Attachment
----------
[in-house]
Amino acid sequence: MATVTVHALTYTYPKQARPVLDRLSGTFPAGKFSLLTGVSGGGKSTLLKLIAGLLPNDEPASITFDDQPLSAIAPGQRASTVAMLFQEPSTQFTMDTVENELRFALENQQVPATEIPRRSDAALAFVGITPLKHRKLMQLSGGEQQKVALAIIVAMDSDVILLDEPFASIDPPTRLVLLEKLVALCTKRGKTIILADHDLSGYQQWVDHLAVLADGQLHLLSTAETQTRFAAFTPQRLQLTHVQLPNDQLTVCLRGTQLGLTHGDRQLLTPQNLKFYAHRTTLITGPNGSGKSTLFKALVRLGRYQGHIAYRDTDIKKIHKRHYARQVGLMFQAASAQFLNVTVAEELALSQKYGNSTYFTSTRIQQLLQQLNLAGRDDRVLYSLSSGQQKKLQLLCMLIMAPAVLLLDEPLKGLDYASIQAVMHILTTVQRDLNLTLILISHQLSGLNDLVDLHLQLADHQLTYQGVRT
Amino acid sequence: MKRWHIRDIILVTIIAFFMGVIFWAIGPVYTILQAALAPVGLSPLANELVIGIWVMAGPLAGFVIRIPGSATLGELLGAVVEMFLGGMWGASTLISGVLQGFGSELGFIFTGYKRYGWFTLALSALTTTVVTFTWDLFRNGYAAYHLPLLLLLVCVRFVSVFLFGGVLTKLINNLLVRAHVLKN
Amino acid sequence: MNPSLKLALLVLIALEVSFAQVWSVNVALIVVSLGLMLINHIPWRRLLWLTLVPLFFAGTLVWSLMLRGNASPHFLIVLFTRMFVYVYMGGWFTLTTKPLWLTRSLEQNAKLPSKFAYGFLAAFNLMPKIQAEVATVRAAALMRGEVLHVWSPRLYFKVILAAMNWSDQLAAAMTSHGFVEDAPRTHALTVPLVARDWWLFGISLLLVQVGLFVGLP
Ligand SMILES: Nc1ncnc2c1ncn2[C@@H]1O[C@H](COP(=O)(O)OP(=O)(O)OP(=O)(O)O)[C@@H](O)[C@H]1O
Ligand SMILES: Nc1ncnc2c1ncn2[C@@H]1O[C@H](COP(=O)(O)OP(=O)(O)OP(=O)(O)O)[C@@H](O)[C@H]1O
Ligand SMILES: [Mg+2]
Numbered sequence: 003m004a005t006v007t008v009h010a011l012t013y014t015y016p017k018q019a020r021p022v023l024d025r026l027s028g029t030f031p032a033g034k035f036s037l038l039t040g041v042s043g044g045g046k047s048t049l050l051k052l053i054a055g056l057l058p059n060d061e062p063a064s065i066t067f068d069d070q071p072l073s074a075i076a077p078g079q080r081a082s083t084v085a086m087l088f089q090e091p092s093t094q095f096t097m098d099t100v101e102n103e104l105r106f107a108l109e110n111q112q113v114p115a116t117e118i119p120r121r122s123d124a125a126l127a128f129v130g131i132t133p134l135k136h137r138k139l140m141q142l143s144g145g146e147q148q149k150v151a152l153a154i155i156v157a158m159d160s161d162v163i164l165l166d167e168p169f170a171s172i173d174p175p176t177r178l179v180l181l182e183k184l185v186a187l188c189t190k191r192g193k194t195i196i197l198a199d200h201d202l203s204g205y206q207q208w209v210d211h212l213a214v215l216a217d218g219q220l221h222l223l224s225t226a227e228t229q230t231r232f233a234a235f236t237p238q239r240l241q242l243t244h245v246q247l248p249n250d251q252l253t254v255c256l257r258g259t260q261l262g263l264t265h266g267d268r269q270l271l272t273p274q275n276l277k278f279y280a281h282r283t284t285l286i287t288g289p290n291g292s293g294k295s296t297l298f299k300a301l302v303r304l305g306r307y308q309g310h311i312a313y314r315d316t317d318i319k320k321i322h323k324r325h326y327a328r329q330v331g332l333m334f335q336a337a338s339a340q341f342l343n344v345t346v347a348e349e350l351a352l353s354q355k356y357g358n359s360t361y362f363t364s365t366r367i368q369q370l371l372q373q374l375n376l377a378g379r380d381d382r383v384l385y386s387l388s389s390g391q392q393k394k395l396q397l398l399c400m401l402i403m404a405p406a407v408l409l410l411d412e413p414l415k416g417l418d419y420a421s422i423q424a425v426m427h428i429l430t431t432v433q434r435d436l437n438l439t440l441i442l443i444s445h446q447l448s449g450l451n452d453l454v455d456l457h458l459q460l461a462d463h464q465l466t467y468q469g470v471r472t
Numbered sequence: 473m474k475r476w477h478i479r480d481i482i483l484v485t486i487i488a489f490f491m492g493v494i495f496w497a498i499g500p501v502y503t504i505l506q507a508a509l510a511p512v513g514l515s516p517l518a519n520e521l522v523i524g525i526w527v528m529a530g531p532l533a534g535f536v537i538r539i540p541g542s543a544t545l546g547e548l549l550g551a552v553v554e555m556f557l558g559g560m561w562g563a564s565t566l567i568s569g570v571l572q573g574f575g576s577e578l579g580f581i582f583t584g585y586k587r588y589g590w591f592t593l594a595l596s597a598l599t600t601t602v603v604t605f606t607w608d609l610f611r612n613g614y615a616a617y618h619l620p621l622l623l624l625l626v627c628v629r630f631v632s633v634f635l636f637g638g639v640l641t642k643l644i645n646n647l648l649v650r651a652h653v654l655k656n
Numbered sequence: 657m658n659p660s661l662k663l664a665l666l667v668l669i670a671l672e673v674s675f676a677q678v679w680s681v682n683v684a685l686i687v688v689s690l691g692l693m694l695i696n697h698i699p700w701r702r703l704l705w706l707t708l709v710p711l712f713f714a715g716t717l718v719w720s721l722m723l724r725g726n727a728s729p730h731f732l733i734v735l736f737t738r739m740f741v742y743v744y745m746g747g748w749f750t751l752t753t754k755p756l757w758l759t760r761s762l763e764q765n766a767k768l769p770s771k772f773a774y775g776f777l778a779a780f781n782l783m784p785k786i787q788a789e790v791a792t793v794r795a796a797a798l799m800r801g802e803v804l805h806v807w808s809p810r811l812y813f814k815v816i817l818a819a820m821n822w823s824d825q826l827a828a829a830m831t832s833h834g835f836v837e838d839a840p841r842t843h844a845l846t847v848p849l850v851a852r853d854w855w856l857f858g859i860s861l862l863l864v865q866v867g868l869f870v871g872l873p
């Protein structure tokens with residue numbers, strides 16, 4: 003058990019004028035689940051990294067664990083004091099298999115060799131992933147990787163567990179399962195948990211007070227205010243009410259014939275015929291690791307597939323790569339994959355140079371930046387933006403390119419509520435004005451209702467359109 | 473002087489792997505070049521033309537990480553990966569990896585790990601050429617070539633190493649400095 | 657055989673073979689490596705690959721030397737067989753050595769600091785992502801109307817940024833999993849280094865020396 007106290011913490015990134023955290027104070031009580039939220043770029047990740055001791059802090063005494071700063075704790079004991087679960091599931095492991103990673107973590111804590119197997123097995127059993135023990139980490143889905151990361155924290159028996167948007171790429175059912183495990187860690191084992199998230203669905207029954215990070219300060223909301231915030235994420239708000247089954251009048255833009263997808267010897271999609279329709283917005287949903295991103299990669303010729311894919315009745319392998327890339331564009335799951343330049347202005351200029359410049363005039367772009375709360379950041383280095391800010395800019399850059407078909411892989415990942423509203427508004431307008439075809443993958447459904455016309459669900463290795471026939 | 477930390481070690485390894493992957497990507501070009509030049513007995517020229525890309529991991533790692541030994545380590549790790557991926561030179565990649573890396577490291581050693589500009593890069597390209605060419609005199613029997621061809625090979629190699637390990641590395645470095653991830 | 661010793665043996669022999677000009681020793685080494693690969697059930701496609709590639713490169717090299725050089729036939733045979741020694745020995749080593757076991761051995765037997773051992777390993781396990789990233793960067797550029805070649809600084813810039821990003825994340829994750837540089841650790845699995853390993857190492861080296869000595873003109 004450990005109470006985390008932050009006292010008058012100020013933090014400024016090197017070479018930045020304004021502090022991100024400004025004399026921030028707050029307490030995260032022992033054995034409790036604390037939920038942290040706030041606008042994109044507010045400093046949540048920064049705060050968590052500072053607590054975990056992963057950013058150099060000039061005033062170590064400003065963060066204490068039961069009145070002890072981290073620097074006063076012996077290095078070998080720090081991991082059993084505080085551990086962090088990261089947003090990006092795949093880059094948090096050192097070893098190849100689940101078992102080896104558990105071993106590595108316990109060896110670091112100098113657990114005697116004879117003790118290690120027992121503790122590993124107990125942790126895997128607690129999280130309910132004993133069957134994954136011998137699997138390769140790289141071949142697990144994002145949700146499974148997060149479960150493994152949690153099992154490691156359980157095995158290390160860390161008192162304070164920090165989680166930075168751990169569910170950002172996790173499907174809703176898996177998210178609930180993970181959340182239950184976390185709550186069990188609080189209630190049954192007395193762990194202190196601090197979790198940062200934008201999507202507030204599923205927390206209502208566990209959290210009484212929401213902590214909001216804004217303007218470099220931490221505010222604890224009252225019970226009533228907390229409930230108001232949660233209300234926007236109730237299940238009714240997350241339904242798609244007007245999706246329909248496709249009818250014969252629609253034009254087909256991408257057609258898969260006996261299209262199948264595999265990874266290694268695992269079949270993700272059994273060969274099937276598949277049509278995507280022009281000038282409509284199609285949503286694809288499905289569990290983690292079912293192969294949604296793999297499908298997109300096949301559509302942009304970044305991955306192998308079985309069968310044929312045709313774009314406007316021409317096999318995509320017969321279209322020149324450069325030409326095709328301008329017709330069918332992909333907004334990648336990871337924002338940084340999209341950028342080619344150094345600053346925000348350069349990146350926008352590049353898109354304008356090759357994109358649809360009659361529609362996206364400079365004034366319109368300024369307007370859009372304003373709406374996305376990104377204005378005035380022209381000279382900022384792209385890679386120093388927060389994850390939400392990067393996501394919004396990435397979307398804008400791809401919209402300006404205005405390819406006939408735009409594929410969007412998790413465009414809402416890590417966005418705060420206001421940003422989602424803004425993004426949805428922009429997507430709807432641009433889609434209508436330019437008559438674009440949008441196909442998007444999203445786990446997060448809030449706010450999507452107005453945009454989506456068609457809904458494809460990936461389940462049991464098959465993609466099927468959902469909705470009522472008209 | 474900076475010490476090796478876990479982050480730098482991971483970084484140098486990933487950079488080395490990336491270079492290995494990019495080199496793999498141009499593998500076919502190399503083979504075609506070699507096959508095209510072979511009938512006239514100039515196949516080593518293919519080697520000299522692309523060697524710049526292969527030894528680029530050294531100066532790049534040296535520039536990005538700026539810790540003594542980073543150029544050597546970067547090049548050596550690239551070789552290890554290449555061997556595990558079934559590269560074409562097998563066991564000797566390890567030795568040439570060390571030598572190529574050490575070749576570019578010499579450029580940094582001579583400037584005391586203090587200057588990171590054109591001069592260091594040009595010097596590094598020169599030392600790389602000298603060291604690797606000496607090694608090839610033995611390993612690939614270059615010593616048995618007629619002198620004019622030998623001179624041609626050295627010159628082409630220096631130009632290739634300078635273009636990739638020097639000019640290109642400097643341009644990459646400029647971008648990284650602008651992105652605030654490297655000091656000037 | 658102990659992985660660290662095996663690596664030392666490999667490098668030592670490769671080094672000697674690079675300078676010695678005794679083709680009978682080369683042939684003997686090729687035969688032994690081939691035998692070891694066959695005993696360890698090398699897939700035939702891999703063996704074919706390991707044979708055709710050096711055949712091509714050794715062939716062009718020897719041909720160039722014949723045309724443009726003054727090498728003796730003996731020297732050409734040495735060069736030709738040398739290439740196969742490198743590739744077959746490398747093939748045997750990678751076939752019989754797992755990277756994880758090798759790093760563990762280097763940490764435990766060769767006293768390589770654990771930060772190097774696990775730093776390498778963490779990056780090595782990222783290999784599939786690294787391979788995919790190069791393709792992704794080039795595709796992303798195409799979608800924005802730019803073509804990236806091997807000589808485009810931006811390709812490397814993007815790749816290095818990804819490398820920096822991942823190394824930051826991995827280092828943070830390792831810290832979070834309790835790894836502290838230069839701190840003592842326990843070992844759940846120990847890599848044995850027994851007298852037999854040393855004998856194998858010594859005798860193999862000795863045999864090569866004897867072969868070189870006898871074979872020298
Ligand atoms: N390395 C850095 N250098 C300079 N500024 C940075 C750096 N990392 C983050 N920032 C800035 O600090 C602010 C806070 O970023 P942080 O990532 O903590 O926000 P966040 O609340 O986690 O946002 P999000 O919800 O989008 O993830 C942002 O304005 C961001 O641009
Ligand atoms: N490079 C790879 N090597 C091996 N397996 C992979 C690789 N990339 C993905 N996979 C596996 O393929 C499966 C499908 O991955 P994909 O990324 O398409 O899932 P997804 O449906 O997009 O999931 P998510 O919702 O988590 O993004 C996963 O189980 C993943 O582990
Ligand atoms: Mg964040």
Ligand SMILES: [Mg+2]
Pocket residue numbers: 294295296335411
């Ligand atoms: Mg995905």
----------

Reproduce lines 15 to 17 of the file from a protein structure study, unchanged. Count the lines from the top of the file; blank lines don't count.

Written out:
Ligand SMILES: [Mg+2]
Pocket residue numbers: 294295296335411
């Ligand atoms: Mg995905």